How Scientists Know Covid-19 is Way Deadlier Than the Flu. A story at National Geographic got my attention: “…Using the handful of studies that have calculated infection-fatality rates for seasonal flu, Meyerowitz-Katz determined that somewhere between 1 and 10 people die for every 100,000 that are infected. For COVID-19, that number ranges between 500 and 1,000 deaths per 100,000 infections. By his calculations, the coronavirus is likely to be 50 to 100 times more deadly than the seasonal flu, which supports the Columbia University findings…”
No, Your Coronavirus Face Mask Does Not Limit Oxygen Intake. Mental Floss dispels some of the myths floating around out there: “…While some CO2 can be inhaled, it’s not in quantities that could pose a threat to healthy mask users. The amount is easily eliminated by a person’s respiratory and metabolic systems. If a mask is worn for a prolonged period, it might be possible to develop a headache, but nothing more. “There is no risk of hypercapnia in healthy adults who use face coverings, including medical and cloth face masks, as well as N95s,” Robert Glatter, an emergency room physician at Lenox Hill Hospital in New York, told Healthline. “Carbon dioxide molecules freely diffuse through the masks, allowing normal gas exchange while breathing...”
Image credit: The Today Show.
Dr. Elon and Mr. Musk: Inside Tesla’s Production Hell. WIRED.com (paywall) has a fascinating and vaguely horrifying tale: “…If it has been strange to watch Musk’s wild ride via news reports and social media, it’s been even weirder inside the company. Over the past six months I’ve communicated with dozens of current and former Tesla employees, from nearly every division. They describe a thrilling and tumultuous workplace, where talented engineers and designers have done some of their proudest work but where, as one former executive put it, “everyone in Tesla is in an abusive relationship with Elon.” Almost all these employees spoke on the condition of anonymity because of nondisclosure agreements or fears of being sued or fired by Musk. (Even those with positive things to say asked for anonymity…)”
88 F. high in the Twin Cities yesterday.
84 F. average high on July 7.
85 F. high on July 7, 2019.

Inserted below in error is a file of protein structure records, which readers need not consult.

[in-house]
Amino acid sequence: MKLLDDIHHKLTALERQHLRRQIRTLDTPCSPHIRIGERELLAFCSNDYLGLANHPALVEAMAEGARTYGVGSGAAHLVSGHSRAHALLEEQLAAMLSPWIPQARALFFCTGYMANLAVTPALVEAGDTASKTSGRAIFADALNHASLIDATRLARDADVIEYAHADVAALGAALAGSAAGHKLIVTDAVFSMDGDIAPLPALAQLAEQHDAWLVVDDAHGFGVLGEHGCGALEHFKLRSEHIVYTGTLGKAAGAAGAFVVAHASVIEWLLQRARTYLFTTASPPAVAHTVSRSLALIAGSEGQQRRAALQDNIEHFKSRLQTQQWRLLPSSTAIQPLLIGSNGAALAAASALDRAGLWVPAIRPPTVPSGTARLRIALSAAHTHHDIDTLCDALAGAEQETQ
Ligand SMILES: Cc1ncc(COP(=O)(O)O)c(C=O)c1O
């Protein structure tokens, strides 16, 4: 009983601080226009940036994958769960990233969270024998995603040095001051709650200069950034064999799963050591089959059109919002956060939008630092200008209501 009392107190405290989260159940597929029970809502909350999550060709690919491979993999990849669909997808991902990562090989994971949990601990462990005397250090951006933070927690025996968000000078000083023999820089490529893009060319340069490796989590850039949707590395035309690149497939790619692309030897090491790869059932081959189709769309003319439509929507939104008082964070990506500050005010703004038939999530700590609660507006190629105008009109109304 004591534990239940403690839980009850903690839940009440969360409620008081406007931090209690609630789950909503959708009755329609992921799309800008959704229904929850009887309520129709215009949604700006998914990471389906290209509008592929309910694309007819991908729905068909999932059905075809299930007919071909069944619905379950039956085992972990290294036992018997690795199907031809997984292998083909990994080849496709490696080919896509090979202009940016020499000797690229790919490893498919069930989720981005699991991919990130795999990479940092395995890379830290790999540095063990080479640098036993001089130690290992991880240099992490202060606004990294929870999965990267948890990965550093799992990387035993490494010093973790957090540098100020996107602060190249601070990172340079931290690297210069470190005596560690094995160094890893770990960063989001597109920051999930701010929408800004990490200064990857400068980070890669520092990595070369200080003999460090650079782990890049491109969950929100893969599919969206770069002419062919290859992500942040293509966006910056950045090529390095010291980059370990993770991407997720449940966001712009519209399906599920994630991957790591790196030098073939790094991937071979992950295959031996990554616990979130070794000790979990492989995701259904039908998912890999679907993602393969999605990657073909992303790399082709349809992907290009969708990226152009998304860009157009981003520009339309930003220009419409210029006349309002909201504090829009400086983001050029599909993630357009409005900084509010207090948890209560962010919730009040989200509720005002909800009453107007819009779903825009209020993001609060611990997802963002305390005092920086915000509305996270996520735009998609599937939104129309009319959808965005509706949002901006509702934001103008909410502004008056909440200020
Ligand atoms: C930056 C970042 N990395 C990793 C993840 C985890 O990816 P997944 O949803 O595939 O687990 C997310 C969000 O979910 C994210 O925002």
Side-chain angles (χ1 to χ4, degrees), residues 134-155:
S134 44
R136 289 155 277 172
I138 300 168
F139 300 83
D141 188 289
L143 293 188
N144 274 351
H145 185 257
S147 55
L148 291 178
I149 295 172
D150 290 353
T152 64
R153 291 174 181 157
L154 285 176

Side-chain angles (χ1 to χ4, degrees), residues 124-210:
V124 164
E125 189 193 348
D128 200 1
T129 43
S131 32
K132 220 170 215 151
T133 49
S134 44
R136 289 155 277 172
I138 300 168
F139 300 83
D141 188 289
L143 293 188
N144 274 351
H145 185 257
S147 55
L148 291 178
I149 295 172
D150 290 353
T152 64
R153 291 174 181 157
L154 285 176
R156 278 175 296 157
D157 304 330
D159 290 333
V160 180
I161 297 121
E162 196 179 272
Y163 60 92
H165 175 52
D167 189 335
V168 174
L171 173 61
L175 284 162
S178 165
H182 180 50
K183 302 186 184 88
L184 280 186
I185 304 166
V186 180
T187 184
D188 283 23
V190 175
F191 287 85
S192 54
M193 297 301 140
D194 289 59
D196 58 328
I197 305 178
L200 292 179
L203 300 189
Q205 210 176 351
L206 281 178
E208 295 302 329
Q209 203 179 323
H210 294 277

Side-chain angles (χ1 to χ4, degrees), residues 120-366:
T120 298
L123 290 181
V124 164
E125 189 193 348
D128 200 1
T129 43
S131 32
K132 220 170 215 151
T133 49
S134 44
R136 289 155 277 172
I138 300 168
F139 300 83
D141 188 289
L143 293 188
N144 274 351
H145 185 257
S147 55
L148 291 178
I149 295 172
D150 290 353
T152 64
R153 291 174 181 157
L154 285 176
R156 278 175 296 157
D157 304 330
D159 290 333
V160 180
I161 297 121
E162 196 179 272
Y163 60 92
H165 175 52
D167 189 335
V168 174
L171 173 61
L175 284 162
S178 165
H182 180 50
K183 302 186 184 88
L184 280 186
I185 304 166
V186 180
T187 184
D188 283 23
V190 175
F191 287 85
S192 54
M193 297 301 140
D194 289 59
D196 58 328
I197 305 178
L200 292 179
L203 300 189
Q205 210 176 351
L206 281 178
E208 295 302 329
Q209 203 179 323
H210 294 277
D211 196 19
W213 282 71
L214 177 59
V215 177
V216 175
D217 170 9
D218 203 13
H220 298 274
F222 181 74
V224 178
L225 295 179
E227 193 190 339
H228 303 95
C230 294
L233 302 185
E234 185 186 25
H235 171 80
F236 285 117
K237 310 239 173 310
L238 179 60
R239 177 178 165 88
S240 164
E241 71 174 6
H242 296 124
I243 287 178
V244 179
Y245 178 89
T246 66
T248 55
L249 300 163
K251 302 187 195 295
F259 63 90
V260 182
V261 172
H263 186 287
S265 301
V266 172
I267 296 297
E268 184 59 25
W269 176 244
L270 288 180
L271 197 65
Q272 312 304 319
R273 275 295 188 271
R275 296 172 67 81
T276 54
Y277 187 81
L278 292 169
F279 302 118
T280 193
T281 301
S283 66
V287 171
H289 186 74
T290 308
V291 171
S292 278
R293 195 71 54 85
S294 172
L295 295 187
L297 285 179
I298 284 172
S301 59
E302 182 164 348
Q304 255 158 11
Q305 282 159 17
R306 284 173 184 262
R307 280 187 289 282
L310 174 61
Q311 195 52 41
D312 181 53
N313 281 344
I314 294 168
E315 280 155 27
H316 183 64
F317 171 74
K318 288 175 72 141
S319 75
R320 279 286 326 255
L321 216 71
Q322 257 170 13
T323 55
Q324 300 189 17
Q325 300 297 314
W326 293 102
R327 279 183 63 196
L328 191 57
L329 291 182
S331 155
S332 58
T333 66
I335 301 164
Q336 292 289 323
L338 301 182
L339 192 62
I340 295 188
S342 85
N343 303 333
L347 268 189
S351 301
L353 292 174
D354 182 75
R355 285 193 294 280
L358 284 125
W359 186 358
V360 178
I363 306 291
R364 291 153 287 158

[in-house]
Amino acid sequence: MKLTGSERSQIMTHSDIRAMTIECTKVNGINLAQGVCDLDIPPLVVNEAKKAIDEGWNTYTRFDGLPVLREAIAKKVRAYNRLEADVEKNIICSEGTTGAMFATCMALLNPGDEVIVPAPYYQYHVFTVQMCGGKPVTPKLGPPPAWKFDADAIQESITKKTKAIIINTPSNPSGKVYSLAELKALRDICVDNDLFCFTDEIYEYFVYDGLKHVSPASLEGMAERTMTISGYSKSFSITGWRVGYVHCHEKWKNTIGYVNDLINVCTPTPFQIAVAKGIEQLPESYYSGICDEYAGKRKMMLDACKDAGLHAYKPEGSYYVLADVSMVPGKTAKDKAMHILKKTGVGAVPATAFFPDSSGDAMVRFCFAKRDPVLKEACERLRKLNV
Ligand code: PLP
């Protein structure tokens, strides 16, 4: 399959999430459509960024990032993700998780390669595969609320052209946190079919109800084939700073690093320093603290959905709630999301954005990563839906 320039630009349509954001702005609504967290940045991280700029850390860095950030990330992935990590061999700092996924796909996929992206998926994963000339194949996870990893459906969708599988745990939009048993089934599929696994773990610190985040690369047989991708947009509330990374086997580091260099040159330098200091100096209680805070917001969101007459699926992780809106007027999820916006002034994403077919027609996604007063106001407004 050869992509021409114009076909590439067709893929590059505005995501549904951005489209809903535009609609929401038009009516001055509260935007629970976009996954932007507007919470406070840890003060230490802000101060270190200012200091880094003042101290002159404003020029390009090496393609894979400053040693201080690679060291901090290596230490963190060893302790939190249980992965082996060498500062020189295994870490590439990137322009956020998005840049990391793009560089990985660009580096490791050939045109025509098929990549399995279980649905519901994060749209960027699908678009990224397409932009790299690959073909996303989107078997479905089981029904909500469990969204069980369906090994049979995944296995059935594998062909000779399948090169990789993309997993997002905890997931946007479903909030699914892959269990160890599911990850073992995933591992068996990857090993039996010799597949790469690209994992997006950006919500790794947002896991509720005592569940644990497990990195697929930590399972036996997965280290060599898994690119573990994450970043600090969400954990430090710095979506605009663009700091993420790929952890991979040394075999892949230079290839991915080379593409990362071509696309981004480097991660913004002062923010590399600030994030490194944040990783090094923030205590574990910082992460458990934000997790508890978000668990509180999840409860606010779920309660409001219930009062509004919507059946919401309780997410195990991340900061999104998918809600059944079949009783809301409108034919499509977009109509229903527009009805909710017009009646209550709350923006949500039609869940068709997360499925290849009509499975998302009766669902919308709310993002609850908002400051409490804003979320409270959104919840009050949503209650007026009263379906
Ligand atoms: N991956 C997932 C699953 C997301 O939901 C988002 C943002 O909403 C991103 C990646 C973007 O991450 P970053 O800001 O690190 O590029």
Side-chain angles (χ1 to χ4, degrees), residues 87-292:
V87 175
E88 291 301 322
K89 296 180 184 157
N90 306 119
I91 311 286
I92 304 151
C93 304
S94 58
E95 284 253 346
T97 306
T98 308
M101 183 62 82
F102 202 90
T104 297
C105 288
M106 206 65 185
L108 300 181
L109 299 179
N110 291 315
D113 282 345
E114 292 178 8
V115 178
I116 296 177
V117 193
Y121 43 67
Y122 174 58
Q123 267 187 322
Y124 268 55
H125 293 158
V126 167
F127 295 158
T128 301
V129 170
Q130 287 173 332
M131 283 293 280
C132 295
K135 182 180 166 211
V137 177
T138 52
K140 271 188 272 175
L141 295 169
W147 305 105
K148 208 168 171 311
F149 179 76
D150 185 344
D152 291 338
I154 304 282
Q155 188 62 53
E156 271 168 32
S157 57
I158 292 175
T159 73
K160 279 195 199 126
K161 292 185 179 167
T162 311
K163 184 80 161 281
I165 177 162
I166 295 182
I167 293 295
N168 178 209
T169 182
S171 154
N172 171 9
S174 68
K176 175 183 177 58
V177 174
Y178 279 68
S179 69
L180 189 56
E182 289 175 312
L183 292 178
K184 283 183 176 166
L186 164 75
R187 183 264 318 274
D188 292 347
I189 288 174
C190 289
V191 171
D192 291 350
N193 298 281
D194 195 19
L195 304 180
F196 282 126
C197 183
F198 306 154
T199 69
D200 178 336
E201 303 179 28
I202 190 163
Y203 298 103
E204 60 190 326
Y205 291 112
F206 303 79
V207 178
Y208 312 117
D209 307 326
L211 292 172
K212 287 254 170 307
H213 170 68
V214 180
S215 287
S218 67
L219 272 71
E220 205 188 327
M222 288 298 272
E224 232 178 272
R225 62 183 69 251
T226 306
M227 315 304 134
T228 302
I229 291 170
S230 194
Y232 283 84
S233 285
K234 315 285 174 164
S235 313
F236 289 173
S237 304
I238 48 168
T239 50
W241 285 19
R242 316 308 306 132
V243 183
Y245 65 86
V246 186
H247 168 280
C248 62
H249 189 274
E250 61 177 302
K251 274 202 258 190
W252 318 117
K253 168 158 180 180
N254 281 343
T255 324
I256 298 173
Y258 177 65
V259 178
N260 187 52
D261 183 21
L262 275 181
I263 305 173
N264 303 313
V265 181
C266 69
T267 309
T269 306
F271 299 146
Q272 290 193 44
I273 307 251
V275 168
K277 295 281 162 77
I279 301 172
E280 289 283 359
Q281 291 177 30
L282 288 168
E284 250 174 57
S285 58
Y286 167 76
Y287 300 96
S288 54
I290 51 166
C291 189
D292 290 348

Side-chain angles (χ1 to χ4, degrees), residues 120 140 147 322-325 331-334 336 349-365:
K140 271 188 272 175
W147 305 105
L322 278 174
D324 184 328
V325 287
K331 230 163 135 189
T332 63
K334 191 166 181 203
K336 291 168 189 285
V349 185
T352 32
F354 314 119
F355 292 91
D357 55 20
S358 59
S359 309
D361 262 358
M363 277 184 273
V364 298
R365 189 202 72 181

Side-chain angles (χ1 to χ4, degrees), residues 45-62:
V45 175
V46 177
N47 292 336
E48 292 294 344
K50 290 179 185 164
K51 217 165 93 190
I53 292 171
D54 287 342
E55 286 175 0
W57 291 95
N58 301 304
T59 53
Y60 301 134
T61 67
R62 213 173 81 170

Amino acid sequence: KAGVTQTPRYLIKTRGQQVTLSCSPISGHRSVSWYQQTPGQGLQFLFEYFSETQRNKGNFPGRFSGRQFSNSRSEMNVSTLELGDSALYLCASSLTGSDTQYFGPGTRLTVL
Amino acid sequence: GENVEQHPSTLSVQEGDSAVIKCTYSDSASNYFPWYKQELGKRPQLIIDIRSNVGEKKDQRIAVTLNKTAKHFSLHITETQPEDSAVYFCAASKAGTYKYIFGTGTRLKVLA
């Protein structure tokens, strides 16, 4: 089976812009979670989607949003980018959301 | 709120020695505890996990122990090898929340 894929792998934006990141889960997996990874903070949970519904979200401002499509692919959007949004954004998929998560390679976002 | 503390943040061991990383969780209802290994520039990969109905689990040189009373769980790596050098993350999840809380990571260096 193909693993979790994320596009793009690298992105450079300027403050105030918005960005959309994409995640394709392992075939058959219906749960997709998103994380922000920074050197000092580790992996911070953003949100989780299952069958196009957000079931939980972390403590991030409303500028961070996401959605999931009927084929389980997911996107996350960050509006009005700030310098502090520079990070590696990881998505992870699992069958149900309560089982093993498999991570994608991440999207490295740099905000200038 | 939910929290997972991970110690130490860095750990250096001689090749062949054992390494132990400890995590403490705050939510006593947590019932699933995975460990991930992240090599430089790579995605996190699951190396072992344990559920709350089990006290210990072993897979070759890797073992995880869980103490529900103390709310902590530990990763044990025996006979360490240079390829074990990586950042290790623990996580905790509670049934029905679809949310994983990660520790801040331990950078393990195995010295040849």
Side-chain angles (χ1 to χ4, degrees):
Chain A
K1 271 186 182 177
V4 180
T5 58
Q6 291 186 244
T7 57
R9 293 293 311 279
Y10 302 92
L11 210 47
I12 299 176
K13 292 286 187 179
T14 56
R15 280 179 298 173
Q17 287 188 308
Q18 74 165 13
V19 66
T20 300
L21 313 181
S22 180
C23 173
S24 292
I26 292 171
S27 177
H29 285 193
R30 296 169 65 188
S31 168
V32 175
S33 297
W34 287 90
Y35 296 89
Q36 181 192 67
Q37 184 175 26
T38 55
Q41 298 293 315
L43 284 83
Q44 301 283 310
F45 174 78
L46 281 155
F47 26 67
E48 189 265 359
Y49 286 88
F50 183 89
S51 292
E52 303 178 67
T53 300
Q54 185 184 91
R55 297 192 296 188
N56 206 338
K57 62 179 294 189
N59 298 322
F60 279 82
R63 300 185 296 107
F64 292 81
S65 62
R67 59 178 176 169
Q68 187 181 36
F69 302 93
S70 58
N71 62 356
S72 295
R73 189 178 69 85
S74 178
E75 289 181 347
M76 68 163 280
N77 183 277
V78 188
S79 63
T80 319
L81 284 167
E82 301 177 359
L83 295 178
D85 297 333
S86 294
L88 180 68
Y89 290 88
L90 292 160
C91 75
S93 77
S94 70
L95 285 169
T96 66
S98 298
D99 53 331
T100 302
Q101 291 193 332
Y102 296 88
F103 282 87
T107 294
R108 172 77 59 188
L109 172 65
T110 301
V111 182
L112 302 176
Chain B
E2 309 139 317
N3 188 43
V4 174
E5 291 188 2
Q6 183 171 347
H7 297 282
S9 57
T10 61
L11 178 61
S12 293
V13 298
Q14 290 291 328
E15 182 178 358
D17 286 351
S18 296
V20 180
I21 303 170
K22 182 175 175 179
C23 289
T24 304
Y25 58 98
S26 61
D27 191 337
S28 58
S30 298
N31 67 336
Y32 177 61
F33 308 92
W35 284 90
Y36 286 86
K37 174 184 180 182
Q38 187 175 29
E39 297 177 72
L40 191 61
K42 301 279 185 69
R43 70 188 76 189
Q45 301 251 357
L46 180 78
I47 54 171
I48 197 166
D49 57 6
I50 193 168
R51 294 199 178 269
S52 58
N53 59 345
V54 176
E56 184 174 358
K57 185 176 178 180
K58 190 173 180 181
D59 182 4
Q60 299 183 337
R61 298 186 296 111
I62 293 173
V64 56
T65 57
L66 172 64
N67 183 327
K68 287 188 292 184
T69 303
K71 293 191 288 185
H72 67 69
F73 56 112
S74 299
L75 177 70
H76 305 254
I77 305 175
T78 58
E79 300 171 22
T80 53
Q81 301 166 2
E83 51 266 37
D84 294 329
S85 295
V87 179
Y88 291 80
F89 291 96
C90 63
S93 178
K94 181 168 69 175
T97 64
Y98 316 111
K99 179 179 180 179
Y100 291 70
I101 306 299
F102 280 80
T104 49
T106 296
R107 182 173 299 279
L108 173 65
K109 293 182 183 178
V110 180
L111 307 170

July 8, 2002: A three-day deluge ends in central Minnesota with 10 inches in northern Kanabec county and 9.5 inches in southwest Aitkin County.
July 8, 1974: Minnesota experiences an intense heat wave, with the Twin Cities reaching 101, the warmest temperature in 26 years.
WEDNESDAY: Heat Advisory. Hot sun. Feels like 100-103. PM storms, some severe. Winds: S 10-20. High: 95
THURSDAY: Some sun. Thunder far southern Minnesota. Winds: SW 5-10. Wake-up: 74. High: near 90
FRIDAY: Sunny, a little less humid. Winds: NW 8-13. Wake-up: 67. High: 87
SATURDAY: Partly sunny, thunder far west? Winds: NW 5-10. Wake-up: 66. High: 86
SUNDAY: Sunny intervals, late shower up north. Winds: NW 7-12. Wake-up: 65. High: 85
MONDAY: Heating up again, late T-storms. Winds: S 15-30. Wake-up: 68. High: 91
TUESDAY: Partly sunny, isolated T-shower. Winds: NW 10-20. Wake-up: 71. High: 88
NOAA’s Climate Program Office Launches Climate Risk Areas Initiative. Here’s an update from NOAA CPO: “Increased flooding, warming ocean temperatures, fluctuating lake levels, and more frequent heat waves—these are just some of the impacts communities across the country are facing as people from every U.S. region and economic sector turn to NOAA for actionable climate information. Addressing Americans’ most pressing climate challenges requires collaborative approaches involving subject matter experts from different professional domains. That’s why NOAA’s Climate Program Office (CPO) is piloting a strategic effort to enhance its investments and improve our nation’s resilience with user-driven solutions. Today, CPO publicly announced a new integrative and interdisciplinary initiative that will apply its core capabilities and align investments with partners in a set of four climate-related risk areas that are societally important…”
Graphic credit: “Graphic illustrating the average cost of damages per decade. Average annual damages have more than quadrupled since the 1980s, from about $18 billion per year in the 1980s to about $82 billion per year in the 2010s“.
An Italian Glacier is Turning Pink. Probably not good news; CNN Travel reports: “A glacier in Italy is turning pink because of algae — a development that will make the ice melt faster, a scientist studying the phenomenon says. Pink snow has appeared at the Presena glacier in northern Italy, researcher Biagio Di Mauro, of the Institute of Polar Sciences at Italy’s National Research Council, told CNN Monday. While “watermelon snow,” as it is sometimes known, is fairly common in the Alps in spring and summer, it has been more marked this year. When Di Mauro went to the glacier on Saturday to investigate, “there was quite an impressive bloom of snow algae,” he said. He told CNN he believes an alga named Chlamydomonas nivalis is responsible for the change in color…”